As few as one drink per day can increase your breast cancer risk. Research has shown that drinking alcoholic beverages, including beer, wine, and liquor, increases a woman’s risk of hormone-receptor-positive breast cancer. Alcohol can increase levels of estrogen and other hormones associated with this type of breast cancer. Alcohol may also contribute to breast cancer risk by damaging cellular DNA.
According to Breastcancer.org, in a comparison of women who don’t drink at all with those who have three alcoholic drinks per week, there is a 15% higher risk of breast cancer. Furthermore, the research indicates that the risk of breast cancer increases by 10% for each additional drink women consume daily.
4. Stop Smoking
Smoking has been linked to a higher risk of breast cancer in younger, premenopausal women. A study published in Breast Cancer Research found that women who’ve ever smoked at all were 14% more likely to develop breast cancer than those who had never smoked. Research also shows that the risk is higher among women who began smoking young, either before they began menstruating or before their first child birth. For women who are former smokers, there is still a 7% increased risk.
U.S. scientists who tracked approximately 186,000 women between the ages of 50-71 found that those who smoked were 19% more likely to develop breast cancer than the never smokers. Research also indicates that there may be a connection between exposure to heavy second-hand smoke and breast cancer risk in postmenopausal women. In addition, according to the American Cancer Society, smoking can shorten breast cancer survival.
5. Maintain a Healthy Diet
Women who eat more red meat may have a higher risk of breast cancer later in life. Saturated fat, primarily found in foods that come from animals, has been linked to breast cancer risk.
According to Breastcancer.org, a European study suggests that a diet high in fat, particularly saturated fat, is linked to a greater risk of hormone-receptor-positive breast cancer. Limiting red meat, including beef, pork, lamb, and goat, and opting instead for fish, poultry, or beans can lower that risk. Limiting processed meats can also lower your risk.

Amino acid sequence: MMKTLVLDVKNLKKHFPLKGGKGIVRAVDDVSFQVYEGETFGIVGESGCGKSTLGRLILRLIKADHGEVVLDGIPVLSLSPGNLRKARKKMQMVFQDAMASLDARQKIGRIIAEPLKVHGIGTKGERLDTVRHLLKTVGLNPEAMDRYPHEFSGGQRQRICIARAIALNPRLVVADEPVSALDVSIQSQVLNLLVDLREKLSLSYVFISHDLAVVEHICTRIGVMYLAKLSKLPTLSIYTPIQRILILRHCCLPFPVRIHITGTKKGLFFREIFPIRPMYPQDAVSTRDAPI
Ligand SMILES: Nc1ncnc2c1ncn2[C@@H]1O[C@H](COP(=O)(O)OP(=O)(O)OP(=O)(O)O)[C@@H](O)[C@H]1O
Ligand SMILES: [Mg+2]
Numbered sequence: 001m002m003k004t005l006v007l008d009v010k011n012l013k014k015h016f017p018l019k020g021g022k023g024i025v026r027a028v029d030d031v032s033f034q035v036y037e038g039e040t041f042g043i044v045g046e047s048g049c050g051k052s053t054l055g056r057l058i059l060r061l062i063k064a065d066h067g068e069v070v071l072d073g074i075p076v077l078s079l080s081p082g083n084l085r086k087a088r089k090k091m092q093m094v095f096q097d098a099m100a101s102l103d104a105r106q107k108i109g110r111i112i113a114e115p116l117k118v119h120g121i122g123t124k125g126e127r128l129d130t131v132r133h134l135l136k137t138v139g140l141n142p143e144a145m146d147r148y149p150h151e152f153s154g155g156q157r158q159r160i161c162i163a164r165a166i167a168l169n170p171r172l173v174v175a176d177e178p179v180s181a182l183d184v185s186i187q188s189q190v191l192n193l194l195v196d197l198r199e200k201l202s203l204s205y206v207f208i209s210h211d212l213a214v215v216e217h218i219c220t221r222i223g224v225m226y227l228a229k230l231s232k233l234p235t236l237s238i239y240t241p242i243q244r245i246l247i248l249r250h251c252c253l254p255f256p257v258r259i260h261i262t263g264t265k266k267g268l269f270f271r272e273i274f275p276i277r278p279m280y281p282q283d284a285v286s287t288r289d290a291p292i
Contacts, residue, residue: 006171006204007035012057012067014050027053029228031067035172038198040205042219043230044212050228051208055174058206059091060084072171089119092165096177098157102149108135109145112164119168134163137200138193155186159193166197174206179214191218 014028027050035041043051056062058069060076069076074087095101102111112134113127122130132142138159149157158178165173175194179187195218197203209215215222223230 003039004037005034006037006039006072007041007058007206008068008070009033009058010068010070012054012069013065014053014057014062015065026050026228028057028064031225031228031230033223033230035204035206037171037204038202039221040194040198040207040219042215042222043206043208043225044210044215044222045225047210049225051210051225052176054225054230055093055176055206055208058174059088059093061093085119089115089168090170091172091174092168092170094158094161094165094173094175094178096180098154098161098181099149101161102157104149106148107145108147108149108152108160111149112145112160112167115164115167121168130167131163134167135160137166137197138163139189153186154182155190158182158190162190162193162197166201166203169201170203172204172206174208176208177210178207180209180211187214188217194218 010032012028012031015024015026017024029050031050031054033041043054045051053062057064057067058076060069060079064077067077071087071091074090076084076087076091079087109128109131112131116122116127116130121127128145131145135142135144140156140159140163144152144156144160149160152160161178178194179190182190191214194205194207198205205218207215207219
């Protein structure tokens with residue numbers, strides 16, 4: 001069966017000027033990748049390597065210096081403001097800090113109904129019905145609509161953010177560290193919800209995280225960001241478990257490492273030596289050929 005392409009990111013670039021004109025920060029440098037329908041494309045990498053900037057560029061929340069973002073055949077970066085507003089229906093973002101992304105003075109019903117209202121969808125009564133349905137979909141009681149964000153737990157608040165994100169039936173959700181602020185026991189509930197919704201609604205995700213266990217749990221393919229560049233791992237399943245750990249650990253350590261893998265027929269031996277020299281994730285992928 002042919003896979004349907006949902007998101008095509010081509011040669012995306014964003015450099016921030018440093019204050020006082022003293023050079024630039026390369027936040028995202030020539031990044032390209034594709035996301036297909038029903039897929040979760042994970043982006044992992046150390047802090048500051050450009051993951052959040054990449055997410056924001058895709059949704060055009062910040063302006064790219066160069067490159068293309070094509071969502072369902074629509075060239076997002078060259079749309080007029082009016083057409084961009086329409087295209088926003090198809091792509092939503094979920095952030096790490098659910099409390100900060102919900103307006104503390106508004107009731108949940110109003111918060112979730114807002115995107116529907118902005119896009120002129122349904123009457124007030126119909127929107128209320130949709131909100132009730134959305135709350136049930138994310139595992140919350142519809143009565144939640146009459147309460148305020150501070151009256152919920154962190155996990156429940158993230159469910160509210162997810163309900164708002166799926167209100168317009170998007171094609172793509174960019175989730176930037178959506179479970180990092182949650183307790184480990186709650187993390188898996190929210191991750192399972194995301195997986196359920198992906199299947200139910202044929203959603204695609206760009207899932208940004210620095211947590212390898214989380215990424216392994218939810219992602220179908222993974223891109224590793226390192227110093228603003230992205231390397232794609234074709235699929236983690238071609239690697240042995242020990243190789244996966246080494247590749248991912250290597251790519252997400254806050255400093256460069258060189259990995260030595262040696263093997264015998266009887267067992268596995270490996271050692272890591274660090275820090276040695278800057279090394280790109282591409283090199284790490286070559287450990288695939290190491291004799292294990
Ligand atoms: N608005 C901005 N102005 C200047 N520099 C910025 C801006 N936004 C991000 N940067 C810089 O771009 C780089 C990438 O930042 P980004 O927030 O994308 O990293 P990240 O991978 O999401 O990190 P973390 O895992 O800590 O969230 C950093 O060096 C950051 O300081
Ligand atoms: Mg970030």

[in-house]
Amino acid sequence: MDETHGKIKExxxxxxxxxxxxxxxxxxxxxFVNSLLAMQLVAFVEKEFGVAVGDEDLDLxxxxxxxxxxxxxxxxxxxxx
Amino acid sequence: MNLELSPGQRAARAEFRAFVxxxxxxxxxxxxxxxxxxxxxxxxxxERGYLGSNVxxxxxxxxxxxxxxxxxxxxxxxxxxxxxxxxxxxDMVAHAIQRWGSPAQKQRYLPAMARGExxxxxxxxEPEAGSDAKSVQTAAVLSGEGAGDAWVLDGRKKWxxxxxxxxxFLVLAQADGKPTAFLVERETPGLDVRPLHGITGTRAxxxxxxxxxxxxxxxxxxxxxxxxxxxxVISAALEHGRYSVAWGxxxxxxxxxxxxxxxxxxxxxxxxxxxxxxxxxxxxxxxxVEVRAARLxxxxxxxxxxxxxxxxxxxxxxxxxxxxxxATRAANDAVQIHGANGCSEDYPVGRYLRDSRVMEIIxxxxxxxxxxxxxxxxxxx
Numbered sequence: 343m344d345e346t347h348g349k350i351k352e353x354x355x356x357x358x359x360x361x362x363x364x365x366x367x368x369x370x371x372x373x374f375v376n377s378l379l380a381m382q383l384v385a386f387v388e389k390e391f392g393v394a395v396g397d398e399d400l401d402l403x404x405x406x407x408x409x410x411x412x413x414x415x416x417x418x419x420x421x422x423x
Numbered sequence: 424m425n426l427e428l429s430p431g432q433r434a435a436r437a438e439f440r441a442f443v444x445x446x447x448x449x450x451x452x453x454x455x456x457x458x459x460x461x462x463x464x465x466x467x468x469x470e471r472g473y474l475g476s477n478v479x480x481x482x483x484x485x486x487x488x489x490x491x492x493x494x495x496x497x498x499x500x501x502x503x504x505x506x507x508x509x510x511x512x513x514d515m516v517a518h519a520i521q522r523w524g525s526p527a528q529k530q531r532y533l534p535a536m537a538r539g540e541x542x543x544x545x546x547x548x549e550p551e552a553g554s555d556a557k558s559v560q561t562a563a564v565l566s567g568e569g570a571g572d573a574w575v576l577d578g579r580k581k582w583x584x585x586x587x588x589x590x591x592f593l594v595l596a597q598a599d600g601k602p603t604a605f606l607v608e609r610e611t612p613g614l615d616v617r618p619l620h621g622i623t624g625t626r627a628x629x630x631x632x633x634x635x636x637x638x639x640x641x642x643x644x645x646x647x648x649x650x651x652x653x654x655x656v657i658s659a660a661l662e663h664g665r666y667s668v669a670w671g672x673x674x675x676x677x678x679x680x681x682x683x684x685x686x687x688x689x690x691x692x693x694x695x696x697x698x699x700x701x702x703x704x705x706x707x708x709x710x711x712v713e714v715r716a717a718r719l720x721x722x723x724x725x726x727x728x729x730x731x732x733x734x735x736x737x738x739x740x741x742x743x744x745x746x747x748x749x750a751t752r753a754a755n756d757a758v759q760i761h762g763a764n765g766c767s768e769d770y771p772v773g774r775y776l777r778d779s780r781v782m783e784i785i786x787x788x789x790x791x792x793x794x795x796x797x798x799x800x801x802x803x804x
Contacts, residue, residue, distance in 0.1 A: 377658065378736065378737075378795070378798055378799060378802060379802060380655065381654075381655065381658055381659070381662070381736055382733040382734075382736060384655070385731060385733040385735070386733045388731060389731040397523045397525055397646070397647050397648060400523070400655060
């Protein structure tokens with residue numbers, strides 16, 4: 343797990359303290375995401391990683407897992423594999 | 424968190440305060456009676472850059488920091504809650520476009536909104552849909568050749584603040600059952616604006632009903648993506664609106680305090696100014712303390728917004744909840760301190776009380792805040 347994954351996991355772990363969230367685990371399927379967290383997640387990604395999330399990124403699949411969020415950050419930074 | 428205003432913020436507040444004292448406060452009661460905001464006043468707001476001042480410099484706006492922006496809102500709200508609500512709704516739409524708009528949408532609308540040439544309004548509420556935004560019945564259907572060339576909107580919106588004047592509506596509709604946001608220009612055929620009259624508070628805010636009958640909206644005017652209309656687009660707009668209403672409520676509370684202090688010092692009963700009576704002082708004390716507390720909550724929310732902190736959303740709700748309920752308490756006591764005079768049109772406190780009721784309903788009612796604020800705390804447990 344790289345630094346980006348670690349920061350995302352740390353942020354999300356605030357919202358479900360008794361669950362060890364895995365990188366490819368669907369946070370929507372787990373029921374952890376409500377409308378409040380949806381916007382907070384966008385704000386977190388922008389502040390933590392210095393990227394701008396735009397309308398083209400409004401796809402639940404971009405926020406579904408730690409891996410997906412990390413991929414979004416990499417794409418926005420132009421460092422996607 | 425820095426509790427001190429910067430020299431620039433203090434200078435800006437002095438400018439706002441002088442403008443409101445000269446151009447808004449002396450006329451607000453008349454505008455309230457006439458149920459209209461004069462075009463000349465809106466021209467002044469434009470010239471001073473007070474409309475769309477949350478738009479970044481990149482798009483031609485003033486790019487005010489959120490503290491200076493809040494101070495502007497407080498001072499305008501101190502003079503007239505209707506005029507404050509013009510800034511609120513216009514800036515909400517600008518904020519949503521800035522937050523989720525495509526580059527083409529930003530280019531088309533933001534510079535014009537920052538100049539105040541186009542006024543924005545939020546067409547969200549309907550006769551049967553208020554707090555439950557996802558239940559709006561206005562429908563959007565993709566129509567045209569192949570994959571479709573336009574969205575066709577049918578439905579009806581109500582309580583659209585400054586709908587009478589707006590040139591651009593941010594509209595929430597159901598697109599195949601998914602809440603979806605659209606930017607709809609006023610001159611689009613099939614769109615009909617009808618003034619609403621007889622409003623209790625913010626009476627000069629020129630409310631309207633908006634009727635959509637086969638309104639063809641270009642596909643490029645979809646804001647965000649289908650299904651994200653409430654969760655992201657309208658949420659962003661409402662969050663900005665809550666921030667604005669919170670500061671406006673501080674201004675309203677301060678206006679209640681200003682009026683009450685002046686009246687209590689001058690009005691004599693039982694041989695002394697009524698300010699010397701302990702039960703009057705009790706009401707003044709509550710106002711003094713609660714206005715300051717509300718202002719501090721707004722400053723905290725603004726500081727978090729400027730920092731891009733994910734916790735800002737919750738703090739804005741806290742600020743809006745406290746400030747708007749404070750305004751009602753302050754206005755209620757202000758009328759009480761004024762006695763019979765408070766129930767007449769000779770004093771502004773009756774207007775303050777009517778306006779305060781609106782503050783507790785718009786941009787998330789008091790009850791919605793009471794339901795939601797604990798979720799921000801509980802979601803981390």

The International Agency for Research on Cancer (IARC) has classified processed meat as a carcinogen, something that causes cancer. It refers to meat that has been treated in some way to preserve or flavor it. Processed meat includes hot dogs, ham, bacon, sausage, and some deli meats. Processes include salting, curing, fermenting, and smoking.
Eating more fruits and vegetables (about 10 servings per day) will help lower your risk. Experts suggest maintaining a diet similar to the Mediterranean style diet, which includes vegetables, healthy fats, fish, and whole grains. Healthy fats include olive oil, nuts, and avocado.
Factors You Can and Can’t Control
The above steps are only a few you can take to lower your breast cancer risk. Other risk factors and what you can do about them are listed on The Susan G. Komen Foundation website, Breastcancer.org, and many others.
Some factors, such as breastfeeding and the use of Hormone Replacement Therapy (HRT) are within your control. Others, such as age at first period, age at menopause, inherited gene mutations, and ethnicity, which cannot be changed are important in assessing risks and screening requirements. Talk to your doctor about accessing your breast cancer risks and developing a plan of action.
October is Breast Cancer Awareness month, but truly, we should be monitoring our health year-round. Listen to this podcast episode for more health advice: How to Get Your Hormones in Check with Ashby Duval – 070